NETGEAR GS110T Gigabit Smart Switch Review


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NETGEAR GS110T Technology Details

I did not remove the heatsink from the switching IC, fearing that I would damage it in the process. The lack of any hardware holding it in place intimates that the thermal paste in use is that hard, plastic-like material that cures in place. That stuff can be hard as a rock and just as stubborn once it has set. But, I can almost guarantee that the switching chip is made by Broadcom, and judging from the 8+2 port layout, it’s probably the BCM53312. This 8-Port GbE + 4-Port GbE Multilayer Switch is one of the most highly integrated switches that Broadcom produces, which explains the minimal number of support chips on this PCB. Since the CPU and the Gigabit PHY functions are built in, there’s very little that needs to be added to the BCM53312 in order to build a functioning network switch. The fact that it can do all this with passive cooling is a bonus.


The Flash memory that stores all the configuration data, is provided by Marconix, and is a 128MB model with the basic designation of MX29GL. It is a high performance version, with page mode read access. Later in the article we’ll look at all the configuration options that are available on the NETGEAR ProSafe products, including this GS110T, and the need for fast read/write access to the Flash memory will become more obvious. The embedded web server runs from this storage space as well, so this component does get a workout while the SmartSwitch features are in use.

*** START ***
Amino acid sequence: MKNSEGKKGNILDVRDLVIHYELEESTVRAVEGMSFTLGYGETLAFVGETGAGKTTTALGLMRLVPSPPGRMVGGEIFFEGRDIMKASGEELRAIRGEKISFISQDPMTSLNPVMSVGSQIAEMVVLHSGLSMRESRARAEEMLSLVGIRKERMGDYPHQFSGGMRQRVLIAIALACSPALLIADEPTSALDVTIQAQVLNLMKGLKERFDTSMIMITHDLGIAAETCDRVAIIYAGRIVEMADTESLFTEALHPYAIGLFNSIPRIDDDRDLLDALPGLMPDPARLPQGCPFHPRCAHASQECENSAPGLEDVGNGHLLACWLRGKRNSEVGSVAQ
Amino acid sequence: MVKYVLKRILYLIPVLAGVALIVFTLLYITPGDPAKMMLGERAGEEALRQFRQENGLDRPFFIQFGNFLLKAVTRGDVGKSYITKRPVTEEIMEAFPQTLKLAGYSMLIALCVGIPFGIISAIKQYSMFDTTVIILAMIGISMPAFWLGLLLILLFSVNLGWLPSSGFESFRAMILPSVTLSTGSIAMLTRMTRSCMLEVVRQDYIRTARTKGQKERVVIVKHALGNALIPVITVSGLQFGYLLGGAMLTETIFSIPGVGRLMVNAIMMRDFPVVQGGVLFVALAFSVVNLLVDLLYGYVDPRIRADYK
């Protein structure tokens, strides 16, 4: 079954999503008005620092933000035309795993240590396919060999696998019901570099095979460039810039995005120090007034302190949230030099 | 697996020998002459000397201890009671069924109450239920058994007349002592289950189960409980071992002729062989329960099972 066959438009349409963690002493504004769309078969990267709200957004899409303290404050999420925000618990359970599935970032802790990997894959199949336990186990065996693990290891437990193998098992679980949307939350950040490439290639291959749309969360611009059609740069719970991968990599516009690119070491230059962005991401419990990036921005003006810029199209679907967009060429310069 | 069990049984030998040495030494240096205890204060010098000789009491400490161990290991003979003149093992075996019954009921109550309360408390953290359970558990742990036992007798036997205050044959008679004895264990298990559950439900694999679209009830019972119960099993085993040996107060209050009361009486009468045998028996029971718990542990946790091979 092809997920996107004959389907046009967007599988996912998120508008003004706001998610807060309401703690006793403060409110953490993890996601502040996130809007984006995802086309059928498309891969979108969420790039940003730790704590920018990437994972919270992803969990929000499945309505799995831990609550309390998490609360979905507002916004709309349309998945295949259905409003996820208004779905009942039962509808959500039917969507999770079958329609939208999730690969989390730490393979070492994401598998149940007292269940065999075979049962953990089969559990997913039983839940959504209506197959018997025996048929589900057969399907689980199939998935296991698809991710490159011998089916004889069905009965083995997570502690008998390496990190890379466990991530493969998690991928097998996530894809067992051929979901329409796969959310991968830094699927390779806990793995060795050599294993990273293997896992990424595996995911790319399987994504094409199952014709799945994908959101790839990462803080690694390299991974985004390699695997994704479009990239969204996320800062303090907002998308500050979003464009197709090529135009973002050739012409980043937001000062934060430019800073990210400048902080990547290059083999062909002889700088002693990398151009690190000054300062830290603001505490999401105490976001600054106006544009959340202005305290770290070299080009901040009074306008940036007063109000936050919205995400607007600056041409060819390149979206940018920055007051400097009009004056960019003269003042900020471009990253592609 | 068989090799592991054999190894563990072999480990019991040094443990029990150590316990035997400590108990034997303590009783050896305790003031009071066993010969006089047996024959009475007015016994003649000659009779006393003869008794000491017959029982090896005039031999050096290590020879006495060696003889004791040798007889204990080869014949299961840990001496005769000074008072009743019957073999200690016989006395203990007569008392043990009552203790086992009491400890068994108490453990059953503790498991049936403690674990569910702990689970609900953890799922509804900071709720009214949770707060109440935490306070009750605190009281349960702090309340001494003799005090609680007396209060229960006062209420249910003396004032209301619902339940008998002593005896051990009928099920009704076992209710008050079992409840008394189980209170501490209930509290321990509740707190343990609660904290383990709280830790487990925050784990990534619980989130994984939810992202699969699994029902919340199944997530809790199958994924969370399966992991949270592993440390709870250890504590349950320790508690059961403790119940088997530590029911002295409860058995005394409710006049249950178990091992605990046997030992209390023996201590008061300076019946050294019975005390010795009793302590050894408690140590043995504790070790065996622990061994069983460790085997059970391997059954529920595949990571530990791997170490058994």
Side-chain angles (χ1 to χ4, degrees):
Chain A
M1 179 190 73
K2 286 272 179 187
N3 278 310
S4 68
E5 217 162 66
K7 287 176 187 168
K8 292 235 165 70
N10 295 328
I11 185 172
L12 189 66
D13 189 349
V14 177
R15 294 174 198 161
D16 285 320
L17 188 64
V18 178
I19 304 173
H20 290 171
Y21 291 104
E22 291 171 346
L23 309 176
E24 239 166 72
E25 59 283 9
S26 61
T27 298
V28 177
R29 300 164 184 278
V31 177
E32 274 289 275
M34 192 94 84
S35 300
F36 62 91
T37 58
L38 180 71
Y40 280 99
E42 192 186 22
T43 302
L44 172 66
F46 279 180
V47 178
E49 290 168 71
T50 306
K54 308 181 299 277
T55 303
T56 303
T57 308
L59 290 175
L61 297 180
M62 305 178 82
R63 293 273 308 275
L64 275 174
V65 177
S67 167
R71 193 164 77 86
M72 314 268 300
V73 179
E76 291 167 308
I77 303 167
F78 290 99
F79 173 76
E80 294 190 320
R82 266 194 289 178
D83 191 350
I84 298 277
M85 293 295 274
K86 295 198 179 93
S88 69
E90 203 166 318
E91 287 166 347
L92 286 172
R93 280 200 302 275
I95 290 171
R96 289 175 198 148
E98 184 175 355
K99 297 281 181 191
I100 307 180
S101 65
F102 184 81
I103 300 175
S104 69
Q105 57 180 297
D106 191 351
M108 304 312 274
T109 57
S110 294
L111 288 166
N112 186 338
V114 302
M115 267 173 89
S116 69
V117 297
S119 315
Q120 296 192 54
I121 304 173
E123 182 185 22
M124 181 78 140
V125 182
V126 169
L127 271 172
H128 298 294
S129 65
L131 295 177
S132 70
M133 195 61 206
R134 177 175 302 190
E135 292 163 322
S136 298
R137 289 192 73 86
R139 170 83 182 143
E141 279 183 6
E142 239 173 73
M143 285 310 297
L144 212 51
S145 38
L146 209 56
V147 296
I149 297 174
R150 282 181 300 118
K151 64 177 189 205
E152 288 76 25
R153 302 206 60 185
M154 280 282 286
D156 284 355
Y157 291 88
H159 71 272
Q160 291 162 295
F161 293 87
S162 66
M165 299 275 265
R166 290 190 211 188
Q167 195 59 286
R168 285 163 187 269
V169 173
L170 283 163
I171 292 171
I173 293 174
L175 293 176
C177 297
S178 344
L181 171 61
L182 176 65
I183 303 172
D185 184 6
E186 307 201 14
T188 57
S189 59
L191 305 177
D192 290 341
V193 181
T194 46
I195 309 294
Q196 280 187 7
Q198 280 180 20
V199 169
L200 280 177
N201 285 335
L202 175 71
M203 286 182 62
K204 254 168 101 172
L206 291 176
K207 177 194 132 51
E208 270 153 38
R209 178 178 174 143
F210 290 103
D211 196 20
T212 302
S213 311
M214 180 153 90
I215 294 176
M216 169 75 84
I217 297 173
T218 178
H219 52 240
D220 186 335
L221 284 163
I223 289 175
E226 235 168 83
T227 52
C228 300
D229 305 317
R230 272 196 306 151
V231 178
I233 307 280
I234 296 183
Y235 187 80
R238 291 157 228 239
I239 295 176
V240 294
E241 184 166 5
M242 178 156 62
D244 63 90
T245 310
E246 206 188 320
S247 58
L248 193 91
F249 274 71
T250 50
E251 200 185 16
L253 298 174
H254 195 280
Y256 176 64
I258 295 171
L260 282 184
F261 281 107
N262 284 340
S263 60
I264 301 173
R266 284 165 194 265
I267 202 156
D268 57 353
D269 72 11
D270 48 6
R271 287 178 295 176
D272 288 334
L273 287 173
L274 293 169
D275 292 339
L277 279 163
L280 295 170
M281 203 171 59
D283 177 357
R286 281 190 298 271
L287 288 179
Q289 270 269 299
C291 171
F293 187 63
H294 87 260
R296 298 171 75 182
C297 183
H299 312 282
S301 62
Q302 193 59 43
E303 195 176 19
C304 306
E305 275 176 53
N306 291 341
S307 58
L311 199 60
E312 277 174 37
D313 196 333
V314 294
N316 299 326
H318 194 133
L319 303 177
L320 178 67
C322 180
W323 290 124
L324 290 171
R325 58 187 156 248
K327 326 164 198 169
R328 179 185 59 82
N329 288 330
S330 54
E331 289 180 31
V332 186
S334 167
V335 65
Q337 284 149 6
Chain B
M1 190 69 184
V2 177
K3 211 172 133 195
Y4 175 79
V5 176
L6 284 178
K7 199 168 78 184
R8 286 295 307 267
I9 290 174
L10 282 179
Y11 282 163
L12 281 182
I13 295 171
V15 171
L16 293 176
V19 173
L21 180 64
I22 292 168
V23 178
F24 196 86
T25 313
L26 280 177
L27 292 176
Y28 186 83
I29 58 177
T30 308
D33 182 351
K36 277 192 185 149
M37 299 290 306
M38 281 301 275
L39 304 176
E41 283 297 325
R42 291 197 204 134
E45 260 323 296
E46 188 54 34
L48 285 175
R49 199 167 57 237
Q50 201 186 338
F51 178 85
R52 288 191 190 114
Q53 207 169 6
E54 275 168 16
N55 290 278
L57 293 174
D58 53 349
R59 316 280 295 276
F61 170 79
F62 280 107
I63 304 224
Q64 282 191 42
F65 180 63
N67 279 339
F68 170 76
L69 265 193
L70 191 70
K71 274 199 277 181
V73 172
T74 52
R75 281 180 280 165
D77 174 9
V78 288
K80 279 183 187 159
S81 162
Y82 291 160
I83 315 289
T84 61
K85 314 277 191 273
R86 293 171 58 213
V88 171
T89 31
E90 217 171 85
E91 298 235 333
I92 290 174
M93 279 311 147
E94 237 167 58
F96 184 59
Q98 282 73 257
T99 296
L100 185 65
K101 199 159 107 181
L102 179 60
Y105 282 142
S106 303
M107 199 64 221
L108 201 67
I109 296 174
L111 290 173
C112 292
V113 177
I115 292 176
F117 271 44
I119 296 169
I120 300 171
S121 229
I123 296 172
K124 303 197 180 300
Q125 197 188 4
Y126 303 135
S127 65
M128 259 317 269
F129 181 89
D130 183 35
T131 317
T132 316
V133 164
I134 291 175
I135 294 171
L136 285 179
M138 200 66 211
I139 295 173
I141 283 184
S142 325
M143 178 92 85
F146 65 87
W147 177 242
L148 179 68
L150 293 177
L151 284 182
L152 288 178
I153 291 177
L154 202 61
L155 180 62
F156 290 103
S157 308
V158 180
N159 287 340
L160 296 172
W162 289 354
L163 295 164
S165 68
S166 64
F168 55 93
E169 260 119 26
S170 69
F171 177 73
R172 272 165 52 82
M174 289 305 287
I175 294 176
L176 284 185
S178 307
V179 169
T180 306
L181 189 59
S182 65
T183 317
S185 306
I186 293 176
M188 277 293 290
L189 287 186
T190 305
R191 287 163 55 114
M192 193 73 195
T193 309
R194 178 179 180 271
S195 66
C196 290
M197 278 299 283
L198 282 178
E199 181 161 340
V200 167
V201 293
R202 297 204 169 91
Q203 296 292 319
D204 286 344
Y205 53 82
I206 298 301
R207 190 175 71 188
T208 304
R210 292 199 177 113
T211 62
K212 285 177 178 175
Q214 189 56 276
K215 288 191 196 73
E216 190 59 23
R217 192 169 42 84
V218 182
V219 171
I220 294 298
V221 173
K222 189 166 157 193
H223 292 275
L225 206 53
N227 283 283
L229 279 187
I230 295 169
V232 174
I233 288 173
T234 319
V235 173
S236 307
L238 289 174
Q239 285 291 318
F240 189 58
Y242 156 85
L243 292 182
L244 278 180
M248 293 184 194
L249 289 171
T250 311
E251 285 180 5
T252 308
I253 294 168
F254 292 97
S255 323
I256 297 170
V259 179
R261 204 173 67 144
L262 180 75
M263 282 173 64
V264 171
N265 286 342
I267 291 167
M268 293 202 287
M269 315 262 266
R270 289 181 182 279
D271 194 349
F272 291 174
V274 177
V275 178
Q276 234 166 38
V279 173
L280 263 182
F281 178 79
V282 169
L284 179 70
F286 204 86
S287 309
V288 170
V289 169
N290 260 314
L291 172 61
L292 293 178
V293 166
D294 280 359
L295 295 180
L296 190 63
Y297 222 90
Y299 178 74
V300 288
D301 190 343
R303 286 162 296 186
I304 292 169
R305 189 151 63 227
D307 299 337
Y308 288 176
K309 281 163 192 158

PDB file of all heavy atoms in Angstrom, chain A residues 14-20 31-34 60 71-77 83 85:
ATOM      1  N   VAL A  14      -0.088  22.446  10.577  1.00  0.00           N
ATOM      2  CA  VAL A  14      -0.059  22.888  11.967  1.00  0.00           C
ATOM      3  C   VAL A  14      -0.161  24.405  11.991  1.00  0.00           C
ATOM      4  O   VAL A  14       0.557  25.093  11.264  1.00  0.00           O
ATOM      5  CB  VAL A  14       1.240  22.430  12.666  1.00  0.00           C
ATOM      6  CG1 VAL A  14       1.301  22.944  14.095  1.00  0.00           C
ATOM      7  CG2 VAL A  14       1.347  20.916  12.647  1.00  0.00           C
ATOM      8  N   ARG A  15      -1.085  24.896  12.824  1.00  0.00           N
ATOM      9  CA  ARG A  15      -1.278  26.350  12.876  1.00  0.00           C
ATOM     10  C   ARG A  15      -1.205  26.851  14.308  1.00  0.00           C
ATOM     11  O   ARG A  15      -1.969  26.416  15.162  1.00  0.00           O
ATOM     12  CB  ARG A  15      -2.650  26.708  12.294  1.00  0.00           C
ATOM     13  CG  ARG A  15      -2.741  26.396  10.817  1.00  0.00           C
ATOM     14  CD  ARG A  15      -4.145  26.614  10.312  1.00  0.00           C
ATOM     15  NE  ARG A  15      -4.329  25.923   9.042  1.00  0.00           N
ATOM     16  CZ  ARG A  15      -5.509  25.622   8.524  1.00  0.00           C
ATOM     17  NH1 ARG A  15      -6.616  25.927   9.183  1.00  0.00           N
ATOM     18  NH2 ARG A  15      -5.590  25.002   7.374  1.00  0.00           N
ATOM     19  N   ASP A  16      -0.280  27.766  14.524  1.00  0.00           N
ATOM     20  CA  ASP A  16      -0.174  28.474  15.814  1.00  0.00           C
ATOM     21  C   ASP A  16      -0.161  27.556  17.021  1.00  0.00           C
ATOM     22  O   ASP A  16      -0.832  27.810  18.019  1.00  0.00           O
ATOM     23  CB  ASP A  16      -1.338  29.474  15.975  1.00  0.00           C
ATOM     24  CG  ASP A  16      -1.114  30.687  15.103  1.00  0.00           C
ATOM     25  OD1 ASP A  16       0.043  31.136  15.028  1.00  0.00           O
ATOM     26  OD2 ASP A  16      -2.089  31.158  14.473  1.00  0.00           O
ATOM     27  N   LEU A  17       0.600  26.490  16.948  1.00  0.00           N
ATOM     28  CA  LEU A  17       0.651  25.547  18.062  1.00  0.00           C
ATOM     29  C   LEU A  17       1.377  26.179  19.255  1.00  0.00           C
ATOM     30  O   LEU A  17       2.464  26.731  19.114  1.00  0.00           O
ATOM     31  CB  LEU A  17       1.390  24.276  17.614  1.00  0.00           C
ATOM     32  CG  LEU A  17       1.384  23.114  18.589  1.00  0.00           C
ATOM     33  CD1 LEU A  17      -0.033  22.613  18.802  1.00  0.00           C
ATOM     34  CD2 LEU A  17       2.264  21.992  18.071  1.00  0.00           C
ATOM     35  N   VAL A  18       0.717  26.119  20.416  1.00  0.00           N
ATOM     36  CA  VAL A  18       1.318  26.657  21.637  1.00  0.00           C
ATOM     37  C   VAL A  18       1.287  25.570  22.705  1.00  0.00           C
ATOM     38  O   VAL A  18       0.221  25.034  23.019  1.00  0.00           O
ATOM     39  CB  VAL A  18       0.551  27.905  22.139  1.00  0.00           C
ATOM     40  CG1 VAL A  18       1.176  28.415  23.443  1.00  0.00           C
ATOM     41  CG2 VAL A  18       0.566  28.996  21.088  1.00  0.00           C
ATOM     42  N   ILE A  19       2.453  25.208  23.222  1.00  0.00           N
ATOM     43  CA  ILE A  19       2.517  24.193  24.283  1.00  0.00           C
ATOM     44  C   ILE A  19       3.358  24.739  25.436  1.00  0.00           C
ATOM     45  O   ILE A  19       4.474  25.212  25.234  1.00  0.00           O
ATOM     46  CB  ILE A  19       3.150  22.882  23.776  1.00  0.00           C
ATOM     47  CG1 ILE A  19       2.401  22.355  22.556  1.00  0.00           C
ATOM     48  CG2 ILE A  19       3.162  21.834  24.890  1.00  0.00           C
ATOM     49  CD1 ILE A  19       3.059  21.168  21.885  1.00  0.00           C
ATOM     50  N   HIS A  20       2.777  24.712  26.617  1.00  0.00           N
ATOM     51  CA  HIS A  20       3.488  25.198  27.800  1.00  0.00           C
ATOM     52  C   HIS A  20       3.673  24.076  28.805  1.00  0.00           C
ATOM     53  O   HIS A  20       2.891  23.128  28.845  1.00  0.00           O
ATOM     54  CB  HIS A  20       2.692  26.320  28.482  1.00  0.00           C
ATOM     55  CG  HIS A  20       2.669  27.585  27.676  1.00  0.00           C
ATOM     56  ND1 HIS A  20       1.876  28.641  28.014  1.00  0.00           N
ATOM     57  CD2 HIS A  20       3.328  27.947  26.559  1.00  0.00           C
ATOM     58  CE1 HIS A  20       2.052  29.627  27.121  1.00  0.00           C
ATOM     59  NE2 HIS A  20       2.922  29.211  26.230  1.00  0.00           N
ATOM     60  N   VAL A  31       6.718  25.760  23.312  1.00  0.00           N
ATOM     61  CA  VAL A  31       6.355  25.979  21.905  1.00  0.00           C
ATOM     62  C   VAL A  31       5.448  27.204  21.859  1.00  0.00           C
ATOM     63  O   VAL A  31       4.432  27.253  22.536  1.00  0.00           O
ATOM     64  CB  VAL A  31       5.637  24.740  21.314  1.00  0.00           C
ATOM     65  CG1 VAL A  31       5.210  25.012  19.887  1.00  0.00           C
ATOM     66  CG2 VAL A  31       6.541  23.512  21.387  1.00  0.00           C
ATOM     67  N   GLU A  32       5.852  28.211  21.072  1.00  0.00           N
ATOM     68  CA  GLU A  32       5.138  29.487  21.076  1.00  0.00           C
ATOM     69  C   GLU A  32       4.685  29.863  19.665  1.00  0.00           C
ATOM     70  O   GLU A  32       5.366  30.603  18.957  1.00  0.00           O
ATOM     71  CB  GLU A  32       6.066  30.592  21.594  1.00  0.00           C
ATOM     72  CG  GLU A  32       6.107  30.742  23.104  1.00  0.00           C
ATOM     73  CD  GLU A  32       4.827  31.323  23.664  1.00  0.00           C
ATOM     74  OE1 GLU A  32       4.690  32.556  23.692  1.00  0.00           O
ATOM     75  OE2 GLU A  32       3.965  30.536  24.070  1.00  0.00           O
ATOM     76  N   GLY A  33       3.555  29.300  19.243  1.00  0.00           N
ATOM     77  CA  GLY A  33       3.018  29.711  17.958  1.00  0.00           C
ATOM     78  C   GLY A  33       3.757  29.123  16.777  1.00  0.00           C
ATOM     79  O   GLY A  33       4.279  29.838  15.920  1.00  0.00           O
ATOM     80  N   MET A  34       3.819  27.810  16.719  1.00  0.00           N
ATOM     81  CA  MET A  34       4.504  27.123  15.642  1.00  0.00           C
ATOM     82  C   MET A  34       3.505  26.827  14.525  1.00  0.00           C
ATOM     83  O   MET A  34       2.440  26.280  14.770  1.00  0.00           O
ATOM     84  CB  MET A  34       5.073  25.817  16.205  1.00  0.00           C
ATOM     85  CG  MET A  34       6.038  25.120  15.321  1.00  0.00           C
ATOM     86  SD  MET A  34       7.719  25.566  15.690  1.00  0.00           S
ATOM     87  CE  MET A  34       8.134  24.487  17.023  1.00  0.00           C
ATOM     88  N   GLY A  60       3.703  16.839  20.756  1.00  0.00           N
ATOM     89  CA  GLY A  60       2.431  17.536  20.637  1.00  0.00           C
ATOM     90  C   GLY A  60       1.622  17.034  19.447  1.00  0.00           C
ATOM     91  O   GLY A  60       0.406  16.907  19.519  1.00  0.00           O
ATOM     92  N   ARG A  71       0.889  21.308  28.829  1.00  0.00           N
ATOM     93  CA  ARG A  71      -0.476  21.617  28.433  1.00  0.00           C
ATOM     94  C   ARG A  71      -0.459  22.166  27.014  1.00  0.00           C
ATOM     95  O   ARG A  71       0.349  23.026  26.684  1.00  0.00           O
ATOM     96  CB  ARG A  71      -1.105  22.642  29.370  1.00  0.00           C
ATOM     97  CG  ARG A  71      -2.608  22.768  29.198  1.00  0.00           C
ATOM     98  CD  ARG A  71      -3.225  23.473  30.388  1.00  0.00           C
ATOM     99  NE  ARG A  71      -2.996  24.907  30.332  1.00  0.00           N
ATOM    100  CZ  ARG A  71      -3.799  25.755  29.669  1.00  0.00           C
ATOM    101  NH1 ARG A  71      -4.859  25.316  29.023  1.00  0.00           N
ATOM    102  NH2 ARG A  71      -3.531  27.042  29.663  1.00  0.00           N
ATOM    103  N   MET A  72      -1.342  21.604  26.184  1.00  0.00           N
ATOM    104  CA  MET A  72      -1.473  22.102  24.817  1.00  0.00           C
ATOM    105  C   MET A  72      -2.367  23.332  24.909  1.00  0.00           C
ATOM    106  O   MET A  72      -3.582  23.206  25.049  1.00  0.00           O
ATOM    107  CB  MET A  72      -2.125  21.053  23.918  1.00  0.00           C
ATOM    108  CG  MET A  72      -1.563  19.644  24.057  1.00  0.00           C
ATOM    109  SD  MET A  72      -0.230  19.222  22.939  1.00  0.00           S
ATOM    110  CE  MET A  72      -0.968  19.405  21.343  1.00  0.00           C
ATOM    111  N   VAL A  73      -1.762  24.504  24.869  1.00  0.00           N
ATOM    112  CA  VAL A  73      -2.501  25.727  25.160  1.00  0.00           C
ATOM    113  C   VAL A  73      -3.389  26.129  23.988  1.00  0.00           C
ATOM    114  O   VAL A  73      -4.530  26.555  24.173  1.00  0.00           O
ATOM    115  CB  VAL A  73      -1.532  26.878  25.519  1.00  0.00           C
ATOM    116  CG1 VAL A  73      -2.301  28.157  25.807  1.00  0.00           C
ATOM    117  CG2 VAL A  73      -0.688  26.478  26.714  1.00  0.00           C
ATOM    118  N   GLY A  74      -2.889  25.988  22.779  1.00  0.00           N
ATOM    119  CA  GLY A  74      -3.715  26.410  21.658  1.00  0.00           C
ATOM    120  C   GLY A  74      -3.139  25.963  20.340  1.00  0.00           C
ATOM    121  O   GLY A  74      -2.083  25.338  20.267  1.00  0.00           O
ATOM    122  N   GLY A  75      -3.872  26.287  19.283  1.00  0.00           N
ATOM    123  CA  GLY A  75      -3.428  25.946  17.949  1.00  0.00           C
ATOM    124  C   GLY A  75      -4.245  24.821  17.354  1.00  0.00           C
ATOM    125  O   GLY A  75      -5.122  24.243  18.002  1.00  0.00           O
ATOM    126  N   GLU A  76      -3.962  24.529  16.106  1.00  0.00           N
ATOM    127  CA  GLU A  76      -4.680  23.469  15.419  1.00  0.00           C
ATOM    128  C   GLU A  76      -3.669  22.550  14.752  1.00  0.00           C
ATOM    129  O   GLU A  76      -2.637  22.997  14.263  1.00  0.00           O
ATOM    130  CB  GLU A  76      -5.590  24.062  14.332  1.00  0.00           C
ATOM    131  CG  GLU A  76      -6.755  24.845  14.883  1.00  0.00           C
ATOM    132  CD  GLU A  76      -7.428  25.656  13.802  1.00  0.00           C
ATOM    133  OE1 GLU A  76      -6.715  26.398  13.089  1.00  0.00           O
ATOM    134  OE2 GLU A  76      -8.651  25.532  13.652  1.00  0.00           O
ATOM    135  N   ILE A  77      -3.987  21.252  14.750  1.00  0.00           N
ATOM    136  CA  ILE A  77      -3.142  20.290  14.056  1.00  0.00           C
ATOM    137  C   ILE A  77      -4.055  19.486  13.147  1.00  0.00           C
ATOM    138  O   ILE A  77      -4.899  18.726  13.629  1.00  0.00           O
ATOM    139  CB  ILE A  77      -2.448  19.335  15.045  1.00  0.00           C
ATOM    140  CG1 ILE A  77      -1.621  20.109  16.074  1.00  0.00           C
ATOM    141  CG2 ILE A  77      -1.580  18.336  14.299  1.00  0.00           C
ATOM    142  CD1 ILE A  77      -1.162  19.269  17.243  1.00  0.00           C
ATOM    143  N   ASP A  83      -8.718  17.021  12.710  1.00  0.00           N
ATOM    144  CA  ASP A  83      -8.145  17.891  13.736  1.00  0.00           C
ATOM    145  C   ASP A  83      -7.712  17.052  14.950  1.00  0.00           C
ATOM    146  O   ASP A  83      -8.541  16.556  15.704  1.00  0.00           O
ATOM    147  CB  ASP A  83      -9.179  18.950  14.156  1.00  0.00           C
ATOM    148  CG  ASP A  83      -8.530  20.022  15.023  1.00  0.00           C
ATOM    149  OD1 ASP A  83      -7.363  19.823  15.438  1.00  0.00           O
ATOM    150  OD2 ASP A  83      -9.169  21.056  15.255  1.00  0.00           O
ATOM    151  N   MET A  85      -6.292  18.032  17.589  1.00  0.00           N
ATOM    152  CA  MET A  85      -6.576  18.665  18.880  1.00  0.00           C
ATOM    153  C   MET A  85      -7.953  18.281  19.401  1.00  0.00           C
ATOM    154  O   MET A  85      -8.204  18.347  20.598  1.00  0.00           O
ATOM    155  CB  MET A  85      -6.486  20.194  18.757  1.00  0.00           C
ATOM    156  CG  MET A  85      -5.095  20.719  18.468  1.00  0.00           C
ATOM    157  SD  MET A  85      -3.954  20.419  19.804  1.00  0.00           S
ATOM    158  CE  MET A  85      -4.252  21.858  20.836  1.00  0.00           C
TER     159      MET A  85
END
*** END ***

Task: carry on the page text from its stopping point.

The Switching module and the integrated CPU both need access to some basic DRAM in order to do their jobs. In the GS110T, NANYA provides a single DDR400 chip, which has an overall capacity of 512MB, in a 32M x 16 arrangement. The specs from NETGEAR only specify 64 MB of SDRAM for this model, but perhaps that is all that is used for this application, even though more is physically available on the chip.


With high speed serial data transmission, cable performance is an important component of reliable operation. Equally important is the impedance that the active devices present at the connector body. One of the best ways to get this critical interface right is to use transformers, a seemingly ancient technology, that somehow hasn’t been replaced with silicon yet. There are four FPE H40520MN quad transformer modules sitting between the Broadcom switch IC and the 1000BASE-T connectors on the front panel that perform this important function.


The construction quality was top notch, throughout the GS110T, even down to the manufacturing processes used on the printed circuit board. Directly below the main IC on the board, there are over a hundred very small SMD components that are difficult to see clearly with the naked eye. The wave soldering process looks excellent here, and throughout the board. Plus, this is one of the cleanest PCBs I’ve seen in awhile. No fuzzy bits, no funky residues, no discolorations, no excess adhesives, nothing that would detract from the long term reliability of the system. Reliability is the key word here; the customers who routinely buy this class of switch are building networks for people and companies that use them for profit, not for fun. If they stop working, everyone stops working and the company loses money until it’s fixed.


Unless you want to start straining your eyeballs on block diagrams and logic/timing charts, that’s about as far as we can go on the hardware side. Let’s start digging into the features and specifications of the NETGEAR GS110T before we fire it up and see how the control software works.


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